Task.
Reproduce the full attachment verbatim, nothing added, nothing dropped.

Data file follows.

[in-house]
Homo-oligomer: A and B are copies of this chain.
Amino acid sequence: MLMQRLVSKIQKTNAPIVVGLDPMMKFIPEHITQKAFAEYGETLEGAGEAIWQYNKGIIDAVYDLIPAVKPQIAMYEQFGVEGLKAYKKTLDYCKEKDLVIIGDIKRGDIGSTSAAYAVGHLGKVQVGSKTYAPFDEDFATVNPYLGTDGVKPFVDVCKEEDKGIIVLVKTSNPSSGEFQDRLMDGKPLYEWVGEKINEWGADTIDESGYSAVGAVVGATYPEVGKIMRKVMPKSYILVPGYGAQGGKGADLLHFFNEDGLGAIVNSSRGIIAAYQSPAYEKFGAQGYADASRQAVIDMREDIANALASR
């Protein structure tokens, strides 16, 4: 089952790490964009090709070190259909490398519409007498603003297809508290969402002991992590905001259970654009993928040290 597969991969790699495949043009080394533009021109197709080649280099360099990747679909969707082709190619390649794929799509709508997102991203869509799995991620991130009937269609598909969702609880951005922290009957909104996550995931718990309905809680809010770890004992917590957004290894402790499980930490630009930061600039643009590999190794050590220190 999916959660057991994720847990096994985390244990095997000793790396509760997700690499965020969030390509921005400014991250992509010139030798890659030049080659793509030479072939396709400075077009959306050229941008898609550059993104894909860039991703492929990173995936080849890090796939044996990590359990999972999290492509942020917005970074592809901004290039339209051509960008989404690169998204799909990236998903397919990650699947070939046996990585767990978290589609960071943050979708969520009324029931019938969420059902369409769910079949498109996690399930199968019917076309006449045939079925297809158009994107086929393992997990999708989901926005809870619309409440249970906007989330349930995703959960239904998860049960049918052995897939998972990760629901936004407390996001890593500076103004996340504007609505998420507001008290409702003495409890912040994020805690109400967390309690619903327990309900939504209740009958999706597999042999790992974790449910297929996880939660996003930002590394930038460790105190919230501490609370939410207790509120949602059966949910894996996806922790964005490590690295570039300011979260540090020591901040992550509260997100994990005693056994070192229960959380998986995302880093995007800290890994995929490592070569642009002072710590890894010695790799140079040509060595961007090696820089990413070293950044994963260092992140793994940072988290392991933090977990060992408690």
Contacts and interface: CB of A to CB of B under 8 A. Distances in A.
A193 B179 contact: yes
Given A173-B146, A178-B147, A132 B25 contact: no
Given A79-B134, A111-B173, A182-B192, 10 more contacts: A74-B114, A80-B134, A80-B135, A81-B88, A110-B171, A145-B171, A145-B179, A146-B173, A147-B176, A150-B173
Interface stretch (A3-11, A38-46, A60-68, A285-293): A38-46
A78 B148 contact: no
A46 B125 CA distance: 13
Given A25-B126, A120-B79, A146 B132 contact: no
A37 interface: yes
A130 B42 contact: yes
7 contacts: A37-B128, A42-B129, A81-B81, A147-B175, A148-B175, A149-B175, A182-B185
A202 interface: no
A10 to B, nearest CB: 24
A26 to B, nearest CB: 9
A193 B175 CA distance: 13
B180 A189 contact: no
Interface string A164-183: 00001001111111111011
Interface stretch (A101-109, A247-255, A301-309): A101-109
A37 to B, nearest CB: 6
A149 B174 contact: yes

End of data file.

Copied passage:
[in-house]
Homo-oligomer: A and B are copies of this chain.
Amino acid sequence: MLMQRLVSKIQKTNAPIVVGLDPMMKFIPEHITQKAFAEYGETLEGAGEAIWQYNKGIIDAVYDLIPAVKPQIAMYEQFGVEGLKAYKKTLDYCKEKDLVIIGDIKRGDIGSTSAAYAVGHLGKVQVGSKTYAPFDEDFATVNPYLGTDGVKPFVDVCKEEDKGIIVLVKTSNPSSGEFQDRLMDGKPLYEWVGEKINEWGADTIDESGYSAVGAVVGATYPEVGKIMRKVMPKSYILVPGYGAQGGKGADLLHFFNEDGLGAIVNSSRGIIAAYQSPAYEKFGAQGYADASRQAVIDMREDIANALASR
């Protein structure tokens, strides 16, 4: 089952790490964009090709070190259909490398519409007498603003297809508290969402002991992590905001259970654009993928040290 597969991969790699495949043009080394533009021109197709080649280099360099990747679909969707082709190619390649794929799509709508997102991203869509799995991620991130009937269609598909969702609880951005922290009957909104996550995931718990309905809680809010770890004992917590957004290894402790499980930490630009930061600039643009590999190794050590220190 999916959660057991994720847990096994985390244990095997000793790396509760997700690499965020969030390509921005400014991250992509010139030798890659030049080659793509030479072939396709400075077009959306050229941008898609550059993104894909860039991703492929990173995936080849890090796939044996990590359990999972999290492509942020917005970074592809901004290039339209051509960008989404690169998204799909990236998903397919990650699947070939046996990585767990978290589609960071943050979708969520009324029931019938969420059902369409769910079949498109996690399930199968019917076309006449045939079925297809158009994107086929393992997990999708989901926005809870619309409440249970906007989330349930995703959960239904998860049960049918052995897939998972990760629901936004407390996001890593500076103004996340504007609505998420507001008290409702003495409890912040994020805690109400967390309690619903327990309900939504209740009958999706597999042999790992974790449910297929996880939660996003930002590394930038460790105190919230501490609370939410207790509120949602059966949910894996996806922790964005490590690295570039300011979260540090020591901040992550509260997100994990005693056994070192229960959380998986995302880093995007800290890994995929490592070569642009002072710590890894010695790799140079040509060595961007090696820089990413070293950044994963260092992140793994940072988290392991933090977990060992408690």
Contacts and interface: CB of A to CB of B under 8 A. Distances in A.
A193 B179 contact: yes
Given A173-B146, A178-B147, A132 B25 contact: no
Given A79-B134, A111-B173, A182-B192, 10 more contacts: A74-B114, A80-B134, A80-B135, A81-B88, A110-B171, A145-B171, A145-B179, A146-B173, A147-B176, A150-B173
Interface stretch (A3-11, A38-46, A60-68, A285-293): A38-46
A78 B148 contact: no
A46 B125 CA distance: 13
Given A25-B126, A120-B79, A146 B132 contact: no
A37 interface: yes
A130 B42 contact: yes
7 contacts: A37-B128, A42-B129, A81-B81, A147-B175, A148-B175, A149-B175, A182-B185
A202 interface: no
A10 to B, nearest CB: 24
A26 to B, nearest CB: 9
A193 B175 CA distance: 13
B180 A189 contact: no
Interface string A164-183: 00001001111111111011
Interface stretch (A101-109, A247-255, A301-309): A101-109
A37 to B, nearest CB: 6
A149 B174 contact: yes